See the Wikipedia article on Drag.

Having done some calculations and much to my surprise, it would seem that a balloon moving at a speed of the order 0f 0.1 m/s in air is not a low Reynolds number problem, it appears to just squeeze into the high Reynolds number regime (that was for a 1m diameter balloon, a balloon half that diameter will fall out the bottom of the high Reynolds number regime).

Note the wide gap between low (Re<1) and high (Re>1000) Reynolds number regimes.

CB
 
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chisigma

Well-known member
Feb 13, 2012
1,704
See the Wikipedia article on Drag.

Having done some calculations and much to my surprise, it would seem that a balloon moving at a speed of the order 0f 0.1 m/s in air is not a low Reynolds number problem, it appears to just squeeze into the high Reynolds number regime (that was for a 1m diameter balloon, a balloon half that diameter will fall out the bottom of the high Reynolds number regime).

Note the wide gap between low (Re<1) and high (Re>1000) Reynolds number regimes.

CB
Very interesting the Wikipedia article that CB has indicated!... a remarkable fact is that in low Reynolds number regime the drag is linearly dependent from velocity accordingto the formula $\displaystyle\overrightarrow {f}_{d}= -b\ \overrightarrow {v}$ and that means that in such a case. on the basis of what i wrote in a previous post, the problem of motion of a material point subject to gravity and drag can be treated separately along the axes x and y. Along the x-axis the motion equation is...

$\displaystyle v^{\ '}_{x}= - \beta\ v_{x}$ (1)

... where $\beta$ is a constant measured in $s^{-1}$. The solution of (1) is very comfortable...

$\displaystyle v^{\ '}_{x}= - \beta\ v_{x} \implies \frac{d v_{x}}{v_{x}} = - \beta\ dt \implies v_{x}= v_{x}(0)\ e^{- \beta\ t}$ (2)

... and the ordinate x is found integrating (2)...

$\displaystyle x=x_{0} + v_{x}(0)\ \int_{0}^{t} e^{- \beta\ \tau}\ d \tau= x_{0} + \frac{v_{x}(0)}{\beta}\ (1-e^{- \beta\ t})$ (3)

Here we have a first remarkable difference respect to the 'quadratic' case: in that case for any $v_{x}(0) \ne 0$ is $\displaystyle \lim_{t \rightarrow \infty} |x|= \infty$, so that the 'air resistance' isn't an effective 'brake'. In the 'linear' case the limit is finite in any case, so that the 'air resistance' is an effective 'brake'.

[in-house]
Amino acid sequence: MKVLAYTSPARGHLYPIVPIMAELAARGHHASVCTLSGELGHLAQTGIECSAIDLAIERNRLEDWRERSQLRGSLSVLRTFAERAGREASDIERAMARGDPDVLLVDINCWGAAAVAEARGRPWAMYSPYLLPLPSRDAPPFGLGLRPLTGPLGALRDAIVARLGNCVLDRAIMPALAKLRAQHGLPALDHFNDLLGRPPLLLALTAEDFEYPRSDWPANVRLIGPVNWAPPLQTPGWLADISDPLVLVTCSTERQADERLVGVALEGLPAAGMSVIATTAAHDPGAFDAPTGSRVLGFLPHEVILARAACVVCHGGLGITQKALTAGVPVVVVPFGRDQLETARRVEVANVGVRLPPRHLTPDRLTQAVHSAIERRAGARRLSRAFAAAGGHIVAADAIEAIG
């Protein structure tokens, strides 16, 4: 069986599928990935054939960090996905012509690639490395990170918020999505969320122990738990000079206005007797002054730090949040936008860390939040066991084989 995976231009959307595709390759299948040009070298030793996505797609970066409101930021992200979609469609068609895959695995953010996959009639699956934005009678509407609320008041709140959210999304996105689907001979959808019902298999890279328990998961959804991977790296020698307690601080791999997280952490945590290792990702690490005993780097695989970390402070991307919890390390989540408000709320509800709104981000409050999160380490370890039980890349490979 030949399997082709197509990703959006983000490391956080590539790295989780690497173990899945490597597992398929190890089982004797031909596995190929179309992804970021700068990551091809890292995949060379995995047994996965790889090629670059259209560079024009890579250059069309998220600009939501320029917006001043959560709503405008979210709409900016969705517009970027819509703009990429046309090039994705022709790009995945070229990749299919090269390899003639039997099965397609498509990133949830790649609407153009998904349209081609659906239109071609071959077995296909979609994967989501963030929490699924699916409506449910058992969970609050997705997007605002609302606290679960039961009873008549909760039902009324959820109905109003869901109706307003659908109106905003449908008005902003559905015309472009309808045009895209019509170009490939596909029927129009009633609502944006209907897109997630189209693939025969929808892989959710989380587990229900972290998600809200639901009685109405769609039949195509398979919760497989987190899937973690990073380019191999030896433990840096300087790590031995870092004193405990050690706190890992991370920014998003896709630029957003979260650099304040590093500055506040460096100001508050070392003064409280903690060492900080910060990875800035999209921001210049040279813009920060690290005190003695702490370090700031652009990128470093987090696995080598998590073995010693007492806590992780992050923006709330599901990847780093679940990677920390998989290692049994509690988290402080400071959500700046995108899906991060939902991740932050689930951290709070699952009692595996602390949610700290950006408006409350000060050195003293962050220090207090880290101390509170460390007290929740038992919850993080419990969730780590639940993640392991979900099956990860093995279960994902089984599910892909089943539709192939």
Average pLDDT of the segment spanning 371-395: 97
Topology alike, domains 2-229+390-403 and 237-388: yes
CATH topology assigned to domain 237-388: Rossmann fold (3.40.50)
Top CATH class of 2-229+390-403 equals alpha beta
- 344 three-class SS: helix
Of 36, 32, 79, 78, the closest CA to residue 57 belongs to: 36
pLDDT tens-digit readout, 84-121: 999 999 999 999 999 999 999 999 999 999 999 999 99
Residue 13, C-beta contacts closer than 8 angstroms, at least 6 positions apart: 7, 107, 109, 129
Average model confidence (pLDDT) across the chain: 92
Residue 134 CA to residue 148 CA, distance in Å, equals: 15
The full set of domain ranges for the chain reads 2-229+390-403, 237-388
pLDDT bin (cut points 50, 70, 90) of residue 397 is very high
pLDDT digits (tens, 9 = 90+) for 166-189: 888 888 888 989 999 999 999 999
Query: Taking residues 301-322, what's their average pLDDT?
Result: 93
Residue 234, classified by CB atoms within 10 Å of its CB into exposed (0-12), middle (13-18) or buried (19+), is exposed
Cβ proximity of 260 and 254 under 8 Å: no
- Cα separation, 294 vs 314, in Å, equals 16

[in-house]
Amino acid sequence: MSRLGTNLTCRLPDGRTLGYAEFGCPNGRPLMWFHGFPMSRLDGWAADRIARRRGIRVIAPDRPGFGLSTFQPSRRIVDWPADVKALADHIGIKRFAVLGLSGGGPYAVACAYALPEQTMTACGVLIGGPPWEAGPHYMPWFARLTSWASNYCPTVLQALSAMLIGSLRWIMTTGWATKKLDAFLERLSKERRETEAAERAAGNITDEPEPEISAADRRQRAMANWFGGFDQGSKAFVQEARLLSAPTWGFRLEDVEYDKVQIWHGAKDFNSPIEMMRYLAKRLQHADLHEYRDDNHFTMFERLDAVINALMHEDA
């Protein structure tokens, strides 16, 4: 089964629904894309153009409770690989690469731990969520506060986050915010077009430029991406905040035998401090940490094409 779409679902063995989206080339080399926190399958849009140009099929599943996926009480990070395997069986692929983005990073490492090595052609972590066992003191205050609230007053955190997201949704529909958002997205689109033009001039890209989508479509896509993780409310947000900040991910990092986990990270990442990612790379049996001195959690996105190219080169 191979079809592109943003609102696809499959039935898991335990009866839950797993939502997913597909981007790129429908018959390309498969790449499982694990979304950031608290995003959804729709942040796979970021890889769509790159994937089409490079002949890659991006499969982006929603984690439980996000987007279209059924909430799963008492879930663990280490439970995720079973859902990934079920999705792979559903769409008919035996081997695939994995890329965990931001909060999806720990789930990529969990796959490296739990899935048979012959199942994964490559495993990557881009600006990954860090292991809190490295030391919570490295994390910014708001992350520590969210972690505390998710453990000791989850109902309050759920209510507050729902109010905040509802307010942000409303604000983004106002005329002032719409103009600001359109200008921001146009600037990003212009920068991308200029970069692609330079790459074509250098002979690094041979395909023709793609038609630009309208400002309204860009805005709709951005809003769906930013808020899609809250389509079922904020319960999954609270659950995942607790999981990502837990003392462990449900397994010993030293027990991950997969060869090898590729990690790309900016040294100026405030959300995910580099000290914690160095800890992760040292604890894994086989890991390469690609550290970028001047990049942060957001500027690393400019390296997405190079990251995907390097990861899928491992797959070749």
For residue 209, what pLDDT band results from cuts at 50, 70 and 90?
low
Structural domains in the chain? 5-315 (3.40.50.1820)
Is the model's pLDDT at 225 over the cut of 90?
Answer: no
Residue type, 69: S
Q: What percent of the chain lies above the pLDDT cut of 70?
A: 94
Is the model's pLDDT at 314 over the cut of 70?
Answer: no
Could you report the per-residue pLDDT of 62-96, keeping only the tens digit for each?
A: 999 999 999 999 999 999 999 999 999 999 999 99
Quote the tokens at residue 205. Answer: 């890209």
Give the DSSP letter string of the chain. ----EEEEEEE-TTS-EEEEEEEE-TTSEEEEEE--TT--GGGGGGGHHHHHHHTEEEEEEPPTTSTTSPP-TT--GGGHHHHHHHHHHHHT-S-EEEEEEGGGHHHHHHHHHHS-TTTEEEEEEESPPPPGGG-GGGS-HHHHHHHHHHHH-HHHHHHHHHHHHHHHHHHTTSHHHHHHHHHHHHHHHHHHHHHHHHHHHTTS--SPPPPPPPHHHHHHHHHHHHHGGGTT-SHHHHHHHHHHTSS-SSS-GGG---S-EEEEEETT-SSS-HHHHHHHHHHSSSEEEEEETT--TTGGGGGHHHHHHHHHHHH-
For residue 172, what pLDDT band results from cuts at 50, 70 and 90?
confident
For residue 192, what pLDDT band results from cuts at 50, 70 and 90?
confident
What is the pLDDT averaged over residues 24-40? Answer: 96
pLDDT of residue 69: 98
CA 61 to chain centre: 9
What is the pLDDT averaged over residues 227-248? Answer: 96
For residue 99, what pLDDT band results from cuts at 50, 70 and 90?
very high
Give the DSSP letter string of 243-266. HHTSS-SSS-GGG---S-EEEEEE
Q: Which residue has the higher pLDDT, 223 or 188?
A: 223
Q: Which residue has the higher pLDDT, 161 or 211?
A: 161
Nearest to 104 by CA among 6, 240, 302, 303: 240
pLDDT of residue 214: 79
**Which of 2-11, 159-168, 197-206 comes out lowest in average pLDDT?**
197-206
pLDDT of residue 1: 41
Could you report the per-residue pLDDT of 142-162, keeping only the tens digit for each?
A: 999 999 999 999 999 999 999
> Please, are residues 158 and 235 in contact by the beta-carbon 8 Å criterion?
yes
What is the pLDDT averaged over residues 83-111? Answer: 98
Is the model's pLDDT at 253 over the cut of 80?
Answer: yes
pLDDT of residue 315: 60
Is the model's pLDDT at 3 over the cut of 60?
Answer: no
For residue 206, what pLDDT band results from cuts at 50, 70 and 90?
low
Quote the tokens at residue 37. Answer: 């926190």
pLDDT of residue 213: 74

But now let's examine what happens along the y-axis, where the motion equation is...

$\displaystyle v^{\ '}_{y}= -g- \beta\ v_{y}$ (4)

Also in this case the solution is comfortable...

$\displaystyle \frac{d v_{y}}{g+\beta\ v_{y}}= - dt \implies \frac{1}{\beta}\ \ln (g+\beta\ v_{y}) = -t + \ln c \implies v_{y}=- \frac{g}{\beta} + \{v_{y}(0)+ \frac{g}{\beta}\}\ e^{- \beta\ t}$ (5)

... and the ordinate y is...

$\displaystyle y=y_{0} - \frac{g}{\beta}\ t + \frac{1}{\beta}\ \{v_{y}(0)+ \frac{g}{\beta}\}\ (1-e^{- \beta\ t})$ (6)

Now I please You all to verify what I wrote and I hope to have time to do some calculations supporting these results...

Kind regards

$\chi$ $\sigma$
 

CaptainBlack

Well-known member
Jan 26, 2012
890
Shouryya Ray’s ‘unsolved Newton problem’

There is some clarification of what the problem was, and the originality or otherwise of the work on aperiodical >>here<<

CB
 

HallsofIvy

Well-known member
MHB Math Helper
Jan 29, 2012
1,151
Thanks. I had suspected from the start that he had actually solved a special case of the general "unsolved" problem and that appears to be the case.